Senator Larkin Issues Proclamation Honoring 60th Anniversary Of V-j Day

 

In honor of the 60th anniversary of the end of World War II, Senator Bill Larkin (R-C, Cornwall-on-Hudson) has issued a formal Senate proclamation.

"It is a privilege to be able to author a statewide proclamation such as this," said Senator Larkin. "I believe it extremely important for our citizens, and especially our young people to observe the ways in which government recognizes such important historic dates and events in our country’s history. I hope that this one in particular will be used as a tool in social studies classrooms and for the public in general to feel a sense of pride in our past and in those who fought so bravely to enable us to live the way we do today."

The proclamation reads as follows:

WHEREAS, It is the custom of this Legislative Body to commemorate significant events which represent turning points in our unique history and which are indelibly etched in the saga of our great Nation; and

WHEREAS, This state commemorates the 60th Anniversary of V-J Day in the United States on September 2, 2005, Japan’s formal surrender to the allies and the end of World War II; and

WHEREAS, By the summer of 1945, the defeat of Japan was a certainty; the Japanese navy and air force were destroyed; the Allied naval blockade of Japan and intensive bombing of Japanese cities had left the country and its economy devastated; and

WHEREAS, At the end of June, the U.S. captured Okinawa, an island from which the Allies could invade the Japanese home islands; the invasion, headed by General Douglas MacArthur and code-named "Operation Olympic," was set for November 1945; and

WHEREAS, The invasion of Japan promised to be the bloodiest seaborne attack of all time, conceivably 10 times as costly as the Normandy invasion in terms of allied casualties; on July 16th, a new option became available when the United States secretly detonated the world’s first atomic bomb in the New Mexico desert; and

WHEREAS, Ten days later, the Allies issued the Potsdam Declaration, demanding the "unconditional surrender of all the Japanese armed forces"; failure to comply would mean "the inevitable and complete destruction of the Japanese armed forces and just as inevitable the utter devastation of the Japanese homeland"; and

WHEREAS, On July 28th, Japanese Prime Minister Kantaro Suzuki responded by telling the press that they were "paying no attention" to the allied ultimatum; U.S. President Harry Truman ordered the attack to proceed, and on August 6th, the B-29 bomber Enola Gay dropped an atomic bomb on the city of Hiroshima, killing an estimated 80,000 people and fatally wounding thousands more; and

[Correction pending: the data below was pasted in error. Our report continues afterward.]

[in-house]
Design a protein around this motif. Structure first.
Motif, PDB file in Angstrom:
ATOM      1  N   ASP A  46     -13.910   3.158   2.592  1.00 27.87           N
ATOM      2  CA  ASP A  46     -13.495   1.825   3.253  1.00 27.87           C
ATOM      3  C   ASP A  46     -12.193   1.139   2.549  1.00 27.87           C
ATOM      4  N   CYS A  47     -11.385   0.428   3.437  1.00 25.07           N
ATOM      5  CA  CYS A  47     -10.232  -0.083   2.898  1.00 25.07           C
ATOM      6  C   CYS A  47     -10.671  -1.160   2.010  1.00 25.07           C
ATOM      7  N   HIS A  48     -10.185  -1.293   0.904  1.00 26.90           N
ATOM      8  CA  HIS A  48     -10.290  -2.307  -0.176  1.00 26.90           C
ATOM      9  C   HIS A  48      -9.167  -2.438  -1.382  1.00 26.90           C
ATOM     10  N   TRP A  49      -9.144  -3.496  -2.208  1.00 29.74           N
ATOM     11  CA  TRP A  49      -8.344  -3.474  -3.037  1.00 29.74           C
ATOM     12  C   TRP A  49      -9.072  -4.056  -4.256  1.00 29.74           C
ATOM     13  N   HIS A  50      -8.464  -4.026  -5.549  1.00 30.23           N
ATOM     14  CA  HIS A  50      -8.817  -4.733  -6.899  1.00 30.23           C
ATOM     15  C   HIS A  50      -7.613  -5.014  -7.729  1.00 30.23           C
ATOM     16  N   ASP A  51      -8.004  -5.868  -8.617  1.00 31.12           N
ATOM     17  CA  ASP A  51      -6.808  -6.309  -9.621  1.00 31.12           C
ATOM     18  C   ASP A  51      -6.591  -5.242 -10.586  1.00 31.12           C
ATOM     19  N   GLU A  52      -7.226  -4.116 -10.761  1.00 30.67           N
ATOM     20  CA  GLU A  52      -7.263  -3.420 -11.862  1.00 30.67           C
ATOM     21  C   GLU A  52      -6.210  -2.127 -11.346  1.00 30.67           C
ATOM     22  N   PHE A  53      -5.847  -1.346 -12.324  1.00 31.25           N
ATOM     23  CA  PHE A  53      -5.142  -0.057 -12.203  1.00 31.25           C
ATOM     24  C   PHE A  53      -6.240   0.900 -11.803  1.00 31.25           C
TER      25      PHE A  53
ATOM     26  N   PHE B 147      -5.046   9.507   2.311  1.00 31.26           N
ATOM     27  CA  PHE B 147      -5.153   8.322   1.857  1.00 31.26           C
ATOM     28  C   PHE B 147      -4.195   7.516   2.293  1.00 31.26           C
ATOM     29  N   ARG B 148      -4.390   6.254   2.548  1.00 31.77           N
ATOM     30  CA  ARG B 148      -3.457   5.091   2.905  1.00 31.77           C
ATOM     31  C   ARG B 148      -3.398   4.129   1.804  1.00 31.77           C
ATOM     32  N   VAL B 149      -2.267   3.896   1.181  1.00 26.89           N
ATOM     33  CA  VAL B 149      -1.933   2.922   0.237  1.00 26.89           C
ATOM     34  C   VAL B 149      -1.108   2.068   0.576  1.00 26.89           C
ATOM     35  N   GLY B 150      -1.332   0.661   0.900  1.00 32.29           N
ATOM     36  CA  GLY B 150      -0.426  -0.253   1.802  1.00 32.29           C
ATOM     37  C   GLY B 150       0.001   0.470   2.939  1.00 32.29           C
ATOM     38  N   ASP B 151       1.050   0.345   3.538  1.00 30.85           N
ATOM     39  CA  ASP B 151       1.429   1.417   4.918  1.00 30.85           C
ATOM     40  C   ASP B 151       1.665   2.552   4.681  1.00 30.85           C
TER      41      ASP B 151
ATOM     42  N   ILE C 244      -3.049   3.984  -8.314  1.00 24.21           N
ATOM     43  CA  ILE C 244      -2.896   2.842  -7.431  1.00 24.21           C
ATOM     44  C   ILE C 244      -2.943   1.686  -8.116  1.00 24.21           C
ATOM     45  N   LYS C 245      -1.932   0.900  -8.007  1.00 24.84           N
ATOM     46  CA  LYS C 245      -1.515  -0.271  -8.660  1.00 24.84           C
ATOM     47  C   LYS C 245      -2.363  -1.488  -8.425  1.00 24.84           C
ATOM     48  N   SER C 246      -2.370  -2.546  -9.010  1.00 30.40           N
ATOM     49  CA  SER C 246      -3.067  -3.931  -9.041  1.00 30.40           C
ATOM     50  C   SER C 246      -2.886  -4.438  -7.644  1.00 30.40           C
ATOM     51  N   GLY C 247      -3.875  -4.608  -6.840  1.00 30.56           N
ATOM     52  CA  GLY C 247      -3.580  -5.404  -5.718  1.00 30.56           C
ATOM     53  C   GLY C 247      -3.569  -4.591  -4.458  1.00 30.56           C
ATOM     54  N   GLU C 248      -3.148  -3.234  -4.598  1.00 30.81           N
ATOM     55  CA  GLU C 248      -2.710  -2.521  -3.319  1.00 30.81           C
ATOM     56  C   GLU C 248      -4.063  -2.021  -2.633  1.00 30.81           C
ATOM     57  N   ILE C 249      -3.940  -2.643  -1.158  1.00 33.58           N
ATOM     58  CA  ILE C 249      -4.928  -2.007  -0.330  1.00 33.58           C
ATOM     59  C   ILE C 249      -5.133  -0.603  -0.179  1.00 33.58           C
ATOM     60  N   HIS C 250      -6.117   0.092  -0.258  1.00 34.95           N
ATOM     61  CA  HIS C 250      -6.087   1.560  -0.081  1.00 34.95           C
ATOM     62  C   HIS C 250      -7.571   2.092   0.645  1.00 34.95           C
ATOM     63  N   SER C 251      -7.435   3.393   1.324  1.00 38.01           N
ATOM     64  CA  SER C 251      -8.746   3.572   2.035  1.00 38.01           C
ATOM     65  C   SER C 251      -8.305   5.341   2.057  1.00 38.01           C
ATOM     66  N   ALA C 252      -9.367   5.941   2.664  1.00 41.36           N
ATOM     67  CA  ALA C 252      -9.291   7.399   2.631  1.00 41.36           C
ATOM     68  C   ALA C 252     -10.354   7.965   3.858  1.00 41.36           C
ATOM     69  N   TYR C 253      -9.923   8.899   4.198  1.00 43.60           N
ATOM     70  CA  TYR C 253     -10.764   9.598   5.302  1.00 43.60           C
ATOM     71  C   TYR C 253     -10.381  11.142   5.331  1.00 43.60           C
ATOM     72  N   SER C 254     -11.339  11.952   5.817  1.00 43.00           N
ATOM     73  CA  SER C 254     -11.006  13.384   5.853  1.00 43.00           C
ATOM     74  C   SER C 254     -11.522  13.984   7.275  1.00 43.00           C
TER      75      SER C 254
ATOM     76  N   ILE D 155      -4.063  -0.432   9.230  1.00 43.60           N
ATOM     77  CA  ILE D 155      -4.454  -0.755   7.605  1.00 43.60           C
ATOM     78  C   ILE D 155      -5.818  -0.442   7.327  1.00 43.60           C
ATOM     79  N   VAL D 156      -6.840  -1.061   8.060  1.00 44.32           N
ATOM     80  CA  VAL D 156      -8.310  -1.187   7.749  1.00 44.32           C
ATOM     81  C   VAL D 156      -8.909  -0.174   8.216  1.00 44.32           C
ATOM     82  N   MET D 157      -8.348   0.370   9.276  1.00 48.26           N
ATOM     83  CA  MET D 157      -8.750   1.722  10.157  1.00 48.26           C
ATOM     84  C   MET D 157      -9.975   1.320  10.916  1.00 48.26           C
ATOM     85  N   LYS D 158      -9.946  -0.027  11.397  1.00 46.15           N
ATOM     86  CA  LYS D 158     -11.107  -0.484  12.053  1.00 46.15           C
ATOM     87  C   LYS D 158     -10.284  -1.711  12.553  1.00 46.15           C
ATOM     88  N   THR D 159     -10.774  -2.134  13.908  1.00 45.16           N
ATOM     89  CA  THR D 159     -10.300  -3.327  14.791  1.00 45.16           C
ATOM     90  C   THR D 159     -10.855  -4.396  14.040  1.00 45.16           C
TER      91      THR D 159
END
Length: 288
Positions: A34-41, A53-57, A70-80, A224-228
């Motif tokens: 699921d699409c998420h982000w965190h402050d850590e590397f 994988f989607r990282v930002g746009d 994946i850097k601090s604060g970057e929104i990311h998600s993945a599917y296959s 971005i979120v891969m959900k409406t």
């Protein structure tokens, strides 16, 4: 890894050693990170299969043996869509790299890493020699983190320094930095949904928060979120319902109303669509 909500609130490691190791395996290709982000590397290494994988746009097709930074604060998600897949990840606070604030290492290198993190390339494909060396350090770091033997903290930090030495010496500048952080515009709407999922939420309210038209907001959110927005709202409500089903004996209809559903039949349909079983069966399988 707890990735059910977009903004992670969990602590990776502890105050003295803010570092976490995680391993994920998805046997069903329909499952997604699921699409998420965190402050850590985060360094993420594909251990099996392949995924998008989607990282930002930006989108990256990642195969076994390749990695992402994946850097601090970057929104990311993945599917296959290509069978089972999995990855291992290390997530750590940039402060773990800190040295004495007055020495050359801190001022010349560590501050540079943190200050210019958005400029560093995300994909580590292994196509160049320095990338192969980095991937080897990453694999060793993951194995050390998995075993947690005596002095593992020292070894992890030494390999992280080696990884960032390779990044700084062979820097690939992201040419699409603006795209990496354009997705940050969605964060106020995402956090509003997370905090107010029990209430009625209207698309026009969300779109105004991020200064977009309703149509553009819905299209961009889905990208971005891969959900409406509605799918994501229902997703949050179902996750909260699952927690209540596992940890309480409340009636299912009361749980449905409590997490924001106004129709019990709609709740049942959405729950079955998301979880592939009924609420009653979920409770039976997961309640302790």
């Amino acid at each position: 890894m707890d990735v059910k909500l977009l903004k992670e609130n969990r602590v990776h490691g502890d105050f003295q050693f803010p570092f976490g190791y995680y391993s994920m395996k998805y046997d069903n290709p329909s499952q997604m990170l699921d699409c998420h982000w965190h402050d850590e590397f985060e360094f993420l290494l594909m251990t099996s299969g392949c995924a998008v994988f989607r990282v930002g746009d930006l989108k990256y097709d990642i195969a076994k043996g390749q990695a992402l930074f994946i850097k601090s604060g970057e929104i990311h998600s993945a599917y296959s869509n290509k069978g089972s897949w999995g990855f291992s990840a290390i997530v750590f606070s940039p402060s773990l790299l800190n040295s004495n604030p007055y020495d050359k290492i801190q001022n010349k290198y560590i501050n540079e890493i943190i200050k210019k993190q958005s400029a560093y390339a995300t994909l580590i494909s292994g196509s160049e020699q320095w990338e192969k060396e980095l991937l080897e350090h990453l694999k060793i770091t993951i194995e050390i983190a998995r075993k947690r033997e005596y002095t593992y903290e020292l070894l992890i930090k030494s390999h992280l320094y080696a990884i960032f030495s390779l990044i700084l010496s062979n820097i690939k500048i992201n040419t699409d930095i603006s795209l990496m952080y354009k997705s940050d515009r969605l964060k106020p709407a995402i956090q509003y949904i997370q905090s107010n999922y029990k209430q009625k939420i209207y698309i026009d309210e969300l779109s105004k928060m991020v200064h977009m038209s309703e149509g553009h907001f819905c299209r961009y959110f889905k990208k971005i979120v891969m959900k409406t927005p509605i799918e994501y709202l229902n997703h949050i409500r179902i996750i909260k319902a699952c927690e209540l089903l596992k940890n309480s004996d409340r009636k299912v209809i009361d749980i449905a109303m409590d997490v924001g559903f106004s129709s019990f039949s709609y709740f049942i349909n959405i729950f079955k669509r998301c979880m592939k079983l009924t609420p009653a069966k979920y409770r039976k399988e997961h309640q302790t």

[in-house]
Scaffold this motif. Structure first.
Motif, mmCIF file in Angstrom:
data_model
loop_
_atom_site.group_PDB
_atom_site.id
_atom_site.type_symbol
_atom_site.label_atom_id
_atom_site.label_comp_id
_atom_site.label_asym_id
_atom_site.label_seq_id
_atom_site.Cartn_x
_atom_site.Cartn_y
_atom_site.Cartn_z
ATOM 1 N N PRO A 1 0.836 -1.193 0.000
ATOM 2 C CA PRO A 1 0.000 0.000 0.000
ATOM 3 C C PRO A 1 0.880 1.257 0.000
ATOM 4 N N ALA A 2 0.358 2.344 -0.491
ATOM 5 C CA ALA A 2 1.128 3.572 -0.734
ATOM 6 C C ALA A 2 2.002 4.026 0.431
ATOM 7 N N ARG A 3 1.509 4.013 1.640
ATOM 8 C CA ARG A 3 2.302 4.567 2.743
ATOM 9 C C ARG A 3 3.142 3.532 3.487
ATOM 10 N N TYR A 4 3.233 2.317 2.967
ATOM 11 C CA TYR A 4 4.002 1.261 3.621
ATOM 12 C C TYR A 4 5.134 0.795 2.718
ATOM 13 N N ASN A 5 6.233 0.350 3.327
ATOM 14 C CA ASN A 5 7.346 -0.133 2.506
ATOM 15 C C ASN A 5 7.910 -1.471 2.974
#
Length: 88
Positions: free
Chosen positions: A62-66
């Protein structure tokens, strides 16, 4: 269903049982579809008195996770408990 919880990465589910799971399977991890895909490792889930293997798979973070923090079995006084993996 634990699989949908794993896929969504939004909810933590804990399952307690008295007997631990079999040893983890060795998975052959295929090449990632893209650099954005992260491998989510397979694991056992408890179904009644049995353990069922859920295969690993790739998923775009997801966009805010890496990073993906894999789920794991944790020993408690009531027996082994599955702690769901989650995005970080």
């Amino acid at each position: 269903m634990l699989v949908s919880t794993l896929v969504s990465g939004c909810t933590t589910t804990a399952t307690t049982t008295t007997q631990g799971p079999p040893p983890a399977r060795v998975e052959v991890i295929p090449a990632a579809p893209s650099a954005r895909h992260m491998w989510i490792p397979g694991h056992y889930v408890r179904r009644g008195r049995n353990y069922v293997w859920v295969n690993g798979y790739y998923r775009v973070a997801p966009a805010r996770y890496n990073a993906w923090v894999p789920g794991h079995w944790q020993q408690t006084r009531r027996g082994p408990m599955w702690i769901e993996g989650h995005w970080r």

WHEREAS, After the Hiroshima attack, a faction of Japan’s supreme war council favored acceptance of the Potsdam Declaration, but the majority resisted unconditional surrender; on August 8th, Japan’s desperate situation took another turn for the worse when the USSR declared war against Japan; the next day, Soviet forces attacked in Manchuria, rapidly overwhelming Japanese positions, and a second U.S. atomic bomb was dropped on the Japanese coastal city of Nagasaki; and

WHEREAS, Just before midnight on August 9th, Japanese Emperor Hirohito convened the supreme war council where he backed a proposal by the Prime Minister which Japan would accept the Potsdam Declaration "with the understanding that said Declaration does not compromise any demand that prejudices the prerogatives of His Majesty as the sovereign ruler"; the council obeyed Hirohito’s acceptance of peace and on August 10th the message was relayed to the United States; and

WHEREAS, Early on August 12th, the United States answered that "the authority of the emperor and the Japanese government to rule the state shall be subject to the Supreme Commander of the Allied Powers"; after two days of further debate, Emperor Hirohito declared that peace was preferable to destruction; he ordered the Japanese government to prepare a text accepting surrender; and

WHEREAS, Emperor Hirohito told his subjects, "we have resolved to pave the way for a grand peace for all the generations to come by enduring the unendurable and suffering what is insufferable"; the United States immediately accepted Japan’s surrender; and

WHEREAS, President Truman appointed MacArthur to head the Allied occupation of Japan as Supreme Commander of the Allied Powers and preside over the surrender; for the site of Japan’s formal surrender, Truman chose the USS Missouri, a battleship that had seen considerable action in the Pacific and was named after Truman’s native state; and

WHEREAS, On September 2nd, just after 9am Tokyo Time, Japanese Foreign Minister Mamoru Shigemitsu signed the formal surrender on behalf of the Japanese government; General Yoshijiro Umezu then signed for the Japanese armed forces; and

WHEREAS, General MacArthur signed on behalf of the United Nations, declaring, "It is my earnest hope and indeed the hope of all mankind that from this solemn occasion a better world shall emerge out of the blood and carnage of the past"; as the ceremony ended, the sun burst through the clouds; the most devastating war in human history was over; now, therefore, be it

RESOLVED, That as a duly elected member of the New York State Senate, I recognize and celebrate the 60th Anniversary of V-J DAY IN THE STATE OF NEW YORK and honor the sacrifices made by our armed services in the defense of their country and the preservation of liberty.